“In such a case it is the duty of the Court to take cognisance of relevant matters of belief, doctrine and church government for the purpose, but only for the purpose, of informing themselves as to the essential and distinguishing tenets of the Church in question, and of discovering the differences, if any, which can be detected in the principles to which the competing claimants respectively profess adherence.”

(Our emphasis).

  1. This clear line of authority contradicts the idea that a court can treat a religious dispute as non-justiciable where the determination of the dispute is necessary in order to decide a matter of disputed legal right. Again, as Lord Davey said in Free Church of Scotland v Overtoun (at pp 644-645) the civil courts do not have the right “to discuss the truth or reasonableness of any of the doctrines of [a] religious association”. He stated

“The more humble, but not useless, function of the civil Court is to determine whether the trusts imposed upon property by the founders of the trust are being duly observed.”

  1. The principles established in the church cases apply equally to other religions. In Hasanali v Mansoorali (Privy Council Appeal No 79 of 1945) (unreported, 1 December 1947), the Board in an appeal from the High Court of Judicature at Nagpur was concerned with the right to the use of property belonging to members of a Muslim community of the Ismailia Shia sect in the Central Provinces in India. The dispute within the religious community was whether an earlier leader of the sect, who was the 46th “Dai” or missionary, had validly appointed his successor before he died in 1840 CE. The authority of the current Dai, who was the 51st Dai, depended upon the validity of the nomination of the 47th Dai and his successors. The method by which a Dai nominated his successor as leader of the sect was by “Nas-e-Jali”, a form of declaration by the Dai. The declaration gave his successor civil powers as head of the sect and as trustee of its property as well as ecclesiastical powers as religious leader. The Board examined the tenets of the sect and the surviving evidence of what had occurred on the day on which the former leader died, before concluding that the Dai had made a valid declaration marking out his successor. It also ruled on the question whether the current Dai’s excommunication of members of his community complied with the procedures in the constitution of the religious community.
  1. The immigrations of the 20th century have diversified the religious landscape of the United Kingdom and the principles of the church cases have been applied equally to other religious communities in this country. In Varsani v Jesani [1999] Ch 219, the Court of Appeal dealt with a dispute over the use of a temple in London which was held in trust for a Hindu sect. The original purpose of the charity was the promotion of the faith of Swaminarayan according to the teachings and tenets of Muktajivandasji. A schism occurred in the community when in 1984 allegations of misconduct were raised against the successor, whom Muktajivandasji had nominated before his death in 1979. The majority of the community accepted his authority. But a minority thought that he had disqualified himself by his behaviour from the office of successor. The Court of Appeal held that, but for the extension of the court’s jurisdiction to make a scheme cy-près in section 13 of the Charities Act 1960, it would have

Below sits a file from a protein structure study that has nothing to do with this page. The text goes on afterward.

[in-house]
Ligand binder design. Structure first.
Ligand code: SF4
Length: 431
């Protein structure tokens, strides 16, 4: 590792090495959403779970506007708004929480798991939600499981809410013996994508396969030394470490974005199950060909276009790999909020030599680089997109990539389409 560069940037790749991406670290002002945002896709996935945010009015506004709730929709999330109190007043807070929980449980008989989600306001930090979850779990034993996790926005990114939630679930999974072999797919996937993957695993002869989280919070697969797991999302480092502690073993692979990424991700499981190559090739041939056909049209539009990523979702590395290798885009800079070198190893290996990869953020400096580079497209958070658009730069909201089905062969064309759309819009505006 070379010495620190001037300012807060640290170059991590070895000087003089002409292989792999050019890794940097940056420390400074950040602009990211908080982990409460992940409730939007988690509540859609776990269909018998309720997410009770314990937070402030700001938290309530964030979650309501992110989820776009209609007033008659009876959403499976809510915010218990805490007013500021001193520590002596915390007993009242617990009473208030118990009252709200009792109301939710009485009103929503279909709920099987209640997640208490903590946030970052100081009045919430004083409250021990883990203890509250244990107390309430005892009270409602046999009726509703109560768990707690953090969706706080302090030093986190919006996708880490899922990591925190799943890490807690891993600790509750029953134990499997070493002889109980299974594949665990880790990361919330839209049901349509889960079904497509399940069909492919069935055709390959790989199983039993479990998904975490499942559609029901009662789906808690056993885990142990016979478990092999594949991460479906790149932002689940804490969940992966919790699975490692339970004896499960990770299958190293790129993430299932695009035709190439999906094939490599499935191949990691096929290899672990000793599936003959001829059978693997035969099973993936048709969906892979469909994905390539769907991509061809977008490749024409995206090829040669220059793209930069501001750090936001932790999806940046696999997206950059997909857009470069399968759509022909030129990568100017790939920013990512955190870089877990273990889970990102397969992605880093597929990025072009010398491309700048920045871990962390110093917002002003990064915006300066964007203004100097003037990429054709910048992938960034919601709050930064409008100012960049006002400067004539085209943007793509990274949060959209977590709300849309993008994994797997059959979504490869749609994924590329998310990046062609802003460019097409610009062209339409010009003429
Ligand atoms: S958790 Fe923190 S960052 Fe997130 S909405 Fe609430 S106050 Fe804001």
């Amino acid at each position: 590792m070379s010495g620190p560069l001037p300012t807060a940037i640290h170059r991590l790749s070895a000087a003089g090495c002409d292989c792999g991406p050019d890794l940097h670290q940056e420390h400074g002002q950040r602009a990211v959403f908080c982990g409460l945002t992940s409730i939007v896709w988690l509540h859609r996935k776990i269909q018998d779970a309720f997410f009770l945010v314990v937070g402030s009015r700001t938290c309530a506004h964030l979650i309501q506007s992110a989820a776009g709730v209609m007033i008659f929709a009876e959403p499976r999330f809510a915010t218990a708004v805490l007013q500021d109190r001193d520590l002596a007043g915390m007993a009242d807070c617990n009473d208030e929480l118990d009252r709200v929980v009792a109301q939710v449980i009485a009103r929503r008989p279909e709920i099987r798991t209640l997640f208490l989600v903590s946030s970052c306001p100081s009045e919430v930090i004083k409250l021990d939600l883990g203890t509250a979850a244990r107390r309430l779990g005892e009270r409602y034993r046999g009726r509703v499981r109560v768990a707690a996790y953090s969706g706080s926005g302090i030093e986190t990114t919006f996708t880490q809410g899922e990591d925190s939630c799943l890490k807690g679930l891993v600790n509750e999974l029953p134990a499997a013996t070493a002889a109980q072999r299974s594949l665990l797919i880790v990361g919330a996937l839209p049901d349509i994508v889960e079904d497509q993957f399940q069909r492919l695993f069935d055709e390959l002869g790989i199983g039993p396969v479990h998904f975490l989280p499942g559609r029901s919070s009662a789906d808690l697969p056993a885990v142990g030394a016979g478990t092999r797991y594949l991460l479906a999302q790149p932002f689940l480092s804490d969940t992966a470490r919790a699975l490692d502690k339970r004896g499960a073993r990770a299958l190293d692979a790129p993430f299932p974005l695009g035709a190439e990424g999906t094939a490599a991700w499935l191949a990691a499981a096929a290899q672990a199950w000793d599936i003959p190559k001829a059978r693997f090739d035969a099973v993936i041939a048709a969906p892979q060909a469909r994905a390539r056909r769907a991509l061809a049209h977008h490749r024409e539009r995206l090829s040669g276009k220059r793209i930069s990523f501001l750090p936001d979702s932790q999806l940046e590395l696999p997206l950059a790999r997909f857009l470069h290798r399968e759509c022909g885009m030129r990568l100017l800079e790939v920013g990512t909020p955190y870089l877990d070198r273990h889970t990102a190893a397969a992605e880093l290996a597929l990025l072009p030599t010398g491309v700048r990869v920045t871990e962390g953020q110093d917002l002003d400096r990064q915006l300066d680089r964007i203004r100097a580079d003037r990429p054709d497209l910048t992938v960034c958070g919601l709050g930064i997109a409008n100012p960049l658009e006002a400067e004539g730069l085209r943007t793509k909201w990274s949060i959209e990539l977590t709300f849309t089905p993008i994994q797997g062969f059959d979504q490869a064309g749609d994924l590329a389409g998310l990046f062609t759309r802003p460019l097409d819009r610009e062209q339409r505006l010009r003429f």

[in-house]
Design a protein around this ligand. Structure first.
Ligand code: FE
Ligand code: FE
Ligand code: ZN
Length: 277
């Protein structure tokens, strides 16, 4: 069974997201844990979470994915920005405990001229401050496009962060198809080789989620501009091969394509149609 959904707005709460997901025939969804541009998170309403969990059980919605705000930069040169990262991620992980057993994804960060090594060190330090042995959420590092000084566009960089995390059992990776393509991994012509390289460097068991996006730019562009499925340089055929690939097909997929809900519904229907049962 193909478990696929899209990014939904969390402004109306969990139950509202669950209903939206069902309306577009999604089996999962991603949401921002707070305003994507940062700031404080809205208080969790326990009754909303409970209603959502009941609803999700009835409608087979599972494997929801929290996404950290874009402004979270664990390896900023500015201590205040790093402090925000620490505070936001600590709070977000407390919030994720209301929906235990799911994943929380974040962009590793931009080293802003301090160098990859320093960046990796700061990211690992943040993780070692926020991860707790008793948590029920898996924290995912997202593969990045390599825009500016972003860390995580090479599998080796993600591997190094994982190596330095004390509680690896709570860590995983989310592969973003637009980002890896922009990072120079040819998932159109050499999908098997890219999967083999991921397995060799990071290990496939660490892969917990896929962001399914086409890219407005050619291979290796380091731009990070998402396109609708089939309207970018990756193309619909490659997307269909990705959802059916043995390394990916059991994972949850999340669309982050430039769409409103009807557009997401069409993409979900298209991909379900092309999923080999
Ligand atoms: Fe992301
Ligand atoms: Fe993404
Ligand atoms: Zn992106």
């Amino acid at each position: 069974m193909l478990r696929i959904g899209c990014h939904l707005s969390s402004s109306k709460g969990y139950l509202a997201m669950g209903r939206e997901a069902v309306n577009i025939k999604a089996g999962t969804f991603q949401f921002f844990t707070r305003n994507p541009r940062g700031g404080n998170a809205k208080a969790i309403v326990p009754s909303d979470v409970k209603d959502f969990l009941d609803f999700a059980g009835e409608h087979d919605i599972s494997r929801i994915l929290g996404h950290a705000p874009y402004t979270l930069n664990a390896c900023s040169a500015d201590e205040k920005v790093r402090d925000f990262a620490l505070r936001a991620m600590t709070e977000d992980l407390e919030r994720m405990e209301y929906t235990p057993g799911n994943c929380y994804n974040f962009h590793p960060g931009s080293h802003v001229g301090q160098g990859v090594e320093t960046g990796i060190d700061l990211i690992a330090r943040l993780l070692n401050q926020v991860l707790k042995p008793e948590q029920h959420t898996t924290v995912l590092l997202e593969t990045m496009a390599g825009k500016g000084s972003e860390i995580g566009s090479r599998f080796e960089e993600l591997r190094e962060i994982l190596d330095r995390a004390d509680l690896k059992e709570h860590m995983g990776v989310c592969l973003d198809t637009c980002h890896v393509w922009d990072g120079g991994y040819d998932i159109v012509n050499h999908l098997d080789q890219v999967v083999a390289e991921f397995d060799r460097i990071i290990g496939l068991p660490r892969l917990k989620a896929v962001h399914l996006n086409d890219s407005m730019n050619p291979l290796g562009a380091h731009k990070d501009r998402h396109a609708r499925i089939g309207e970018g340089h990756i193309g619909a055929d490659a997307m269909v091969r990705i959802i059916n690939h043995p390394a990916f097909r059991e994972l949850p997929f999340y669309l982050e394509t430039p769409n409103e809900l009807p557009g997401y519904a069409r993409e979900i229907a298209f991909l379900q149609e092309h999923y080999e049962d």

had to apply the law laid down by the Craigdallie, AG v Pearson and Free Church cases.

  1. In both jurisdictions the court has power to make a scheme cy-près. Among the grounds on which the trust purposes of a charity may be reorganised is “where the original purposes, in whole or in part, have since they were laid down, … ceased … to provide a suitable and effective method of using the property available by virtue of the gift, regard being had to the spirit of the gift.” (section 13(1)(e)(iii) of the Charities Act 1993). In Scotland, similar provision is made for the reorganisation of both non-charity public trusts and also charitable trusts in section 9 of the Law Reform (Miscellaneous Provisions) (Scotland) Act 1990 and sections 39-42 of the Charities and Trustee Investment (Scotland) Act 2005 respectively. This power may provide a means of avoiding the judicial determination of a religious dispute. But if it is not available, the court cannot shirk its duty to determine a matter of civil right.